As a Skier myself, I have faced many situations caused by powder days, some extremely satisfying and some that test the core parts of my life such as my marriage and my job. I recall vividly an incredible Thursday powder day at Vail a few years ago with my brother, as we rolled into the Village I turned on my phone to see 10 voicemails, our servers were down and I was no where to be found, uh oh.

Over the years powder days have been harder and harder to swing. My heart is in it, but my schedule says that meeting is too important to miss or that look in my wife’s eye tells me it’s time for me to watch the baby while she sleeps in.

All of this got me thinking about powder days as a gauge to the control you have over your life and business. If I called you right now and said “Dude, A-Basin is getting dumped on, let’s hit it tomorrow!” Could you?

I think getting to the point in your life where you have this freedom is an amazing goal. You used to have it, but now responsibility has crept up on you. Work-Life Balance is all about being an incredibly responsible, hard working, successfully, total Bad-Ass that can sneak away and grab a powder day.

Here are 3 suggestions for helping you ditch work and ski pow:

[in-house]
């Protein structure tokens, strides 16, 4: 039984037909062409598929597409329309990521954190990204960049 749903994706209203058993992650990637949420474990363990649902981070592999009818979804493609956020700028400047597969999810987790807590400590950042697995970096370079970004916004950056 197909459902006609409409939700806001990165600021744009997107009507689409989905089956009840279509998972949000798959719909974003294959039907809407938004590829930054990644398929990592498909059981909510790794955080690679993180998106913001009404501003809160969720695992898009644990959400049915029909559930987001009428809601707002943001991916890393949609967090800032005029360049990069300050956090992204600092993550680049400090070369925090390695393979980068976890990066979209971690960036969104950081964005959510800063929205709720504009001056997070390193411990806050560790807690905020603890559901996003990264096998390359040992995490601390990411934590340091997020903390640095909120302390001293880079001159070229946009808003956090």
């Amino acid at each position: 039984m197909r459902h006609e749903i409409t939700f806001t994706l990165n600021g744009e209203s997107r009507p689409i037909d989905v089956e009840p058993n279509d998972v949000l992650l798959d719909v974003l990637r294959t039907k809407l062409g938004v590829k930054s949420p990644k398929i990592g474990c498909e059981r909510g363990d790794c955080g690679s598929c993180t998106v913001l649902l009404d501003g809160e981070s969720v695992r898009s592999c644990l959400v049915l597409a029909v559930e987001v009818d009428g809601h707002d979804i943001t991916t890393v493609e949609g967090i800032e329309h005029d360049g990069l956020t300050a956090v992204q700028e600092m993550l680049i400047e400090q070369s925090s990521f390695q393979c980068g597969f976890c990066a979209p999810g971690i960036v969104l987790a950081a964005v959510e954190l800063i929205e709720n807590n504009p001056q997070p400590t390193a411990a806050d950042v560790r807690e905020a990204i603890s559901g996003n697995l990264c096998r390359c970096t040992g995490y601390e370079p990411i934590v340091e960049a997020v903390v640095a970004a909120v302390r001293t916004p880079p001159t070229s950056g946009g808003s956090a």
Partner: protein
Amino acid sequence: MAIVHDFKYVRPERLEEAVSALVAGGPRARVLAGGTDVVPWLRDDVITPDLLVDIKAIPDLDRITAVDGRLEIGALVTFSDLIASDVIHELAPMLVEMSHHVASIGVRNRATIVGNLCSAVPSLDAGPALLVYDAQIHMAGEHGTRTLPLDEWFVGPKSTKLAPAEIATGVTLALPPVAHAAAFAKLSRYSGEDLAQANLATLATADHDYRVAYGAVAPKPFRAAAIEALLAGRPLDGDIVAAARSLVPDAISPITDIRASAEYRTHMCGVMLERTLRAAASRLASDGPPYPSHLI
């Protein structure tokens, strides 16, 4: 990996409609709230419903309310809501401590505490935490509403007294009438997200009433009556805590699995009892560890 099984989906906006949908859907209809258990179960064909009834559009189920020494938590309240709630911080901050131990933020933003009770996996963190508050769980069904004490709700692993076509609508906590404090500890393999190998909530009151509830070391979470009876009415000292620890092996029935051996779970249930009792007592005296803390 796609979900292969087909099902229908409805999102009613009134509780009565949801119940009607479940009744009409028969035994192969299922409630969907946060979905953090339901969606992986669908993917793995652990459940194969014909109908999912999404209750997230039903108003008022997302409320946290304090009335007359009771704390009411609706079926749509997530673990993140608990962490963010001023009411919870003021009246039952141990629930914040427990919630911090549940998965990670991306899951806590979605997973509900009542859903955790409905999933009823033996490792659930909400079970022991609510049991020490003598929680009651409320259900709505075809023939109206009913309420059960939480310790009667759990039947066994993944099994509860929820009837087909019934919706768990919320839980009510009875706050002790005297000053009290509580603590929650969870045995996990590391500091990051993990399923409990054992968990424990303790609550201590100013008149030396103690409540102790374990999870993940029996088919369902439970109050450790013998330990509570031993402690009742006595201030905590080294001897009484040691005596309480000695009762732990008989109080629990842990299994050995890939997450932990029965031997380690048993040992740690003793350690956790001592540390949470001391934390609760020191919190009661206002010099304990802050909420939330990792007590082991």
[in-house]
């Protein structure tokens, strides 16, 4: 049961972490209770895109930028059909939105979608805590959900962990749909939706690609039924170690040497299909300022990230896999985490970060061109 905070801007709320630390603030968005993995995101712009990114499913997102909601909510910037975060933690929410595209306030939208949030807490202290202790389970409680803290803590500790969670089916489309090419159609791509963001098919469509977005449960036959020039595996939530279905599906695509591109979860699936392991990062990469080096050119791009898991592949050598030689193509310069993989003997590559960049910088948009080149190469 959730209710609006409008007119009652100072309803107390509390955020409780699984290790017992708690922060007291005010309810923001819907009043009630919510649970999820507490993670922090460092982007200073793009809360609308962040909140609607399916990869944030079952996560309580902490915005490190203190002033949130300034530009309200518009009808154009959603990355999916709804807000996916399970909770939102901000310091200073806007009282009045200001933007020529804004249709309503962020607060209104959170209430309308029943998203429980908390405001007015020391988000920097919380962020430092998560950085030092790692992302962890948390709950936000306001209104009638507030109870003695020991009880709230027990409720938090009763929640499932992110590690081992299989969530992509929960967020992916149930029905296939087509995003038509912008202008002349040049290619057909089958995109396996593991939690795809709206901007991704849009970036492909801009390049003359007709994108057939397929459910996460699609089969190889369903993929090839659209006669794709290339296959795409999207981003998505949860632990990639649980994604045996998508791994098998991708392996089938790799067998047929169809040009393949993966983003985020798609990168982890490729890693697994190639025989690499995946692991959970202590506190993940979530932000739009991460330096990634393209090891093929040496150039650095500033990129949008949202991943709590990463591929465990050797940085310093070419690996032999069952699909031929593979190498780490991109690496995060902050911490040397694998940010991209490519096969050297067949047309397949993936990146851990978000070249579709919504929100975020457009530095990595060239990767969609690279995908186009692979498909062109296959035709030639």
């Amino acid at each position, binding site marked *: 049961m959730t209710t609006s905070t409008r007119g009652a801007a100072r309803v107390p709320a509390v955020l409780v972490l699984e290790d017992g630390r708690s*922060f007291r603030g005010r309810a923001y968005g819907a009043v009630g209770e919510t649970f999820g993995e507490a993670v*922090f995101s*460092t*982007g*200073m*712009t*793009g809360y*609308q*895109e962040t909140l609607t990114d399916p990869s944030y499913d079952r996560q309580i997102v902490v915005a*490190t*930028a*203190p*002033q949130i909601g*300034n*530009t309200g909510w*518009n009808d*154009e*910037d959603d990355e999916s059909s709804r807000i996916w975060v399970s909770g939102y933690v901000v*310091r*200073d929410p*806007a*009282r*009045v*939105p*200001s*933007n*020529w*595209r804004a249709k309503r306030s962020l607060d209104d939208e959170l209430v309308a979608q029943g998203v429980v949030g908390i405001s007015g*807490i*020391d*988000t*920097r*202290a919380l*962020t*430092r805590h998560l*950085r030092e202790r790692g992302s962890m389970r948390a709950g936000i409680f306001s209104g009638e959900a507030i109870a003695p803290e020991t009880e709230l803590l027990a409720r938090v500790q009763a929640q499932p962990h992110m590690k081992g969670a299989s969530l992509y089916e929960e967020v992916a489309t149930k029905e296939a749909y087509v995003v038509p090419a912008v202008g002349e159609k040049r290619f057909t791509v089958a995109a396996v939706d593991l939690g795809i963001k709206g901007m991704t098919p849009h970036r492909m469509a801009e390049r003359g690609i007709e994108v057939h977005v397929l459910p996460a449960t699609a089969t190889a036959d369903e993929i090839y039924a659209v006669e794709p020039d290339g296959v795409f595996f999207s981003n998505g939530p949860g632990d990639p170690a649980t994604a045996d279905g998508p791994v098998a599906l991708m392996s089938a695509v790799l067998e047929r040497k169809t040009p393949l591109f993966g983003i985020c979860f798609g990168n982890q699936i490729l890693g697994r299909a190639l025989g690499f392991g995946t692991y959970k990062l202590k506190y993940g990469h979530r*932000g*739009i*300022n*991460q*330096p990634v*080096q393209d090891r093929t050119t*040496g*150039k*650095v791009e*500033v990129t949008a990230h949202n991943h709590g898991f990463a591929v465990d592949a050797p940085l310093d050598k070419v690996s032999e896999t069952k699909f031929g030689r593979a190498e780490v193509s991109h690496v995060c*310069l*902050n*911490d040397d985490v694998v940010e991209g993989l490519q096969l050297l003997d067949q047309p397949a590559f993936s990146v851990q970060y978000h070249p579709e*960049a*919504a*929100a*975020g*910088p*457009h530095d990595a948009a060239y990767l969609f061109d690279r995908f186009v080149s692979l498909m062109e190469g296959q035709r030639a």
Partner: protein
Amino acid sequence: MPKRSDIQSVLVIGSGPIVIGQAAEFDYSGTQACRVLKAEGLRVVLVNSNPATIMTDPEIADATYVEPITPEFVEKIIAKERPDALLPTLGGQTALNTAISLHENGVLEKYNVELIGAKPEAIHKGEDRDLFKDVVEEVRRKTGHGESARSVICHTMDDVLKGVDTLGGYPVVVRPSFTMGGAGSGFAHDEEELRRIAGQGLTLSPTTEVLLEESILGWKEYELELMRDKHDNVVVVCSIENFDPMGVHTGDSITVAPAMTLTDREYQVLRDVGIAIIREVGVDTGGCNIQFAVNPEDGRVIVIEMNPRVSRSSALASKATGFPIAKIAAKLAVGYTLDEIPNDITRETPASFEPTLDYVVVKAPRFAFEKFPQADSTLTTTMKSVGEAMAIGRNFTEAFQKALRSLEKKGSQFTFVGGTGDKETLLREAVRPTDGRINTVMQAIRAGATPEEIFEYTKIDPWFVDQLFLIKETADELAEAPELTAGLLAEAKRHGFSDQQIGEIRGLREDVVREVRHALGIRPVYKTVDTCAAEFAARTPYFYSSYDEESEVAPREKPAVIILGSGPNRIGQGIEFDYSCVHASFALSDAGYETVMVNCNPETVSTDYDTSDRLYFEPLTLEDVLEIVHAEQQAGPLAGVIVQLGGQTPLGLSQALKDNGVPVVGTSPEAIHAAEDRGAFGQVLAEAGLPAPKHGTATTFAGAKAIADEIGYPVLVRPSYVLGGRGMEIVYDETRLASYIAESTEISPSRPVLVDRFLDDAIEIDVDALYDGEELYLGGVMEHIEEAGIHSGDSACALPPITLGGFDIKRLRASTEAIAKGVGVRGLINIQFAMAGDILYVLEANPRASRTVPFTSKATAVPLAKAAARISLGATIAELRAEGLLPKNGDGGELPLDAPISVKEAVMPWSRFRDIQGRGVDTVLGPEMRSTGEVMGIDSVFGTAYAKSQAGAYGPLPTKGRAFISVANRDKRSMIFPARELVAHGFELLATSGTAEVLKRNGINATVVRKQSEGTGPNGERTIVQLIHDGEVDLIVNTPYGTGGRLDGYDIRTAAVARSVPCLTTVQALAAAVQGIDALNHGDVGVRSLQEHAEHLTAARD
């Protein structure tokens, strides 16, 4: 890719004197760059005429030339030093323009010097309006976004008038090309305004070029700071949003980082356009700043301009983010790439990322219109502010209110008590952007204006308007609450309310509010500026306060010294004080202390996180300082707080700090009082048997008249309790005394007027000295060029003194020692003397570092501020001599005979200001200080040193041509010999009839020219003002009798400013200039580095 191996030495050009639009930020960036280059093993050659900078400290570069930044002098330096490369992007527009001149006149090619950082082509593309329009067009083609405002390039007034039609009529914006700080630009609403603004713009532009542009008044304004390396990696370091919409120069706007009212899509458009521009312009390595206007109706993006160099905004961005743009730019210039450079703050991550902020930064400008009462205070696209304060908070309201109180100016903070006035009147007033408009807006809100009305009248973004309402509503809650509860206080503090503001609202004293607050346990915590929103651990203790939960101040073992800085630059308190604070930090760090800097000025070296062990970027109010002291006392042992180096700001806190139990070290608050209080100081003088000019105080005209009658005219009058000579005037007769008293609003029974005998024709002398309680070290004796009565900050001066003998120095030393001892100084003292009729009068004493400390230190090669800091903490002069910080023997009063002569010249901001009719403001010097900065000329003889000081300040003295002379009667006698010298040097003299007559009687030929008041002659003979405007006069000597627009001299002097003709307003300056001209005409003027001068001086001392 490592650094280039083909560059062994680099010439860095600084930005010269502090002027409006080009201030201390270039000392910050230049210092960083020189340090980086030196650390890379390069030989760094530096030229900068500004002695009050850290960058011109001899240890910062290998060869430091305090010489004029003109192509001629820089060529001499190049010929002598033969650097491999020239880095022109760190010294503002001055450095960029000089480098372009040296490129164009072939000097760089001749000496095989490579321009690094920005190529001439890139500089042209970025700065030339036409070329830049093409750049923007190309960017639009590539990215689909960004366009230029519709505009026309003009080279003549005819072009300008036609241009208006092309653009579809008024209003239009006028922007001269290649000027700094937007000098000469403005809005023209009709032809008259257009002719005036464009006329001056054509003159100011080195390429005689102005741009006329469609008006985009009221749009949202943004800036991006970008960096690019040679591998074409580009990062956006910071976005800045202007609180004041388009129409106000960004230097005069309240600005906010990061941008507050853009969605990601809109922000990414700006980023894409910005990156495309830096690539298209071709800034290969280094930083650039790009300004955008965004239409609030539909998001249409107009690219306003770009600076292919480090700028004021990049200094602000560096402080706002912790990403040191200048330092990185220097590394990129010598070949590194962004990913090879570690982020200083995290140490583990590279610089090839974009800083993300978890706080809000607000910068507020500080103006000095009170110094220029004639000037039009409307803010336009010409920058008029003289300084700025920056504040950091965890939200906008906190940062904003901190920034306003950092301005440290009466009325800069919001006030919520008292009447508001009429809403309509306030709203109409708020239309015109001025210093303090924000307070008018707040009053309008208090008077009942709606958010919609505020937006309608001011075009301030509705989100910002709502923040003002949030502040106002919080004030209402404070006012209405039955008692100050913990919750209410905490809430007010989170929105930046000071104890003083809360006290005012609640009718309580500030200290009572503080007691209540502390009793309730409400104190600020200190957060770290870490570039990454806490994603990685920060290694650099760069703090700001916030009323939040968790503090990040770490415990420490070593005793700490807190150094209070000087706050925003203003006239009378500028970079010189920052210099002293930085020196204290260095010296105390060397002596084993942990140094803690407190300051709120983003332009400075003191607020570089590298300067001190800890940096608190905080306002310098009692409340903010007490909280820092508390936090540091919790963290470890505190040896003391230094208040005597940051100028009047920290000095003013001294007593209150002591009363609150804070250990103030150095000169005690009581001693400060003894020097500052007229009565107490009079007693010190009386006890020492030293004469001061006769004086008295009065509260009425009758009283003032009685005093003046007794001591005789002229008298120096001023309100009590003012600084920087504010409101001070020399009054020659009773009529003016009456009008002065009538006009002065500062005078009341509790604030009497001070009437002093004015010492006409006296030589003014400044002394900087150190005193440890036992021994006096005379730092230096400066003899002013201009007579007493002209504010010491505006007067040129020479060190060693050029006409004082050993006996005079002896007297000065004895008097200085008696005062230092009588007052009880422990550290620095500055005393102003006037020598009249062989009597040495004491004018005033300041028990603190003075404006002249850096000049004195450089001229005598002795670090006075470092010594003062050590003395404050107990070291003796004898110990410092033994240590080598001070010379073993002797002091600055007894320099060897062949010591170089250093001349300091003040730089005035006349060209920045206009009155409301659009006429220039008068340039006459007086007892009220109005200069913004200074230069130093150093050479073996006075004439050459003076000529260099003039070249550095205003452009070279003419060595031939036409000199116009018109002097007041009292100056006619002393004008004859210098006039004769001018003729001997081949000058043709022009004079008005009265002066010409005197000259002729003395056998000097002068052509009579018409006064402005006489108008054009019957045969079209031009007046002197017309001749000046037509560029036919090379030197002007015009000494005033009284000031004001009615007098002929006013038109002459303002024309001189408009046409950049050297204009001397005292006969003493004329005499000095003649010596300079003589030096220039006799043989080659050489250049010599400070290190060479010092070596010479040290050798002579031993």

1. Have you put process in place to help you manage fires in your daily life? Hopefully Yes, you need to be in a situation where the big decisions that cause tons of stress are made thoughtfully and slowly. Don’t be the guy that has to react to every single thing throughout the day. There is always a punching bag like this in every company, no matter how big or small, you need to work hard to not be that guy.

2. Does your company culture thrive on who is in the office when? I just heard Jason Fried of 37 Signals talk about this in a recent podcast about Remake, “Every office has the asshole that waits until everyone leaves then leaves 5 minutes later.” Work very hard and never let face time bother you, it has no value to your career and you just have to let it go.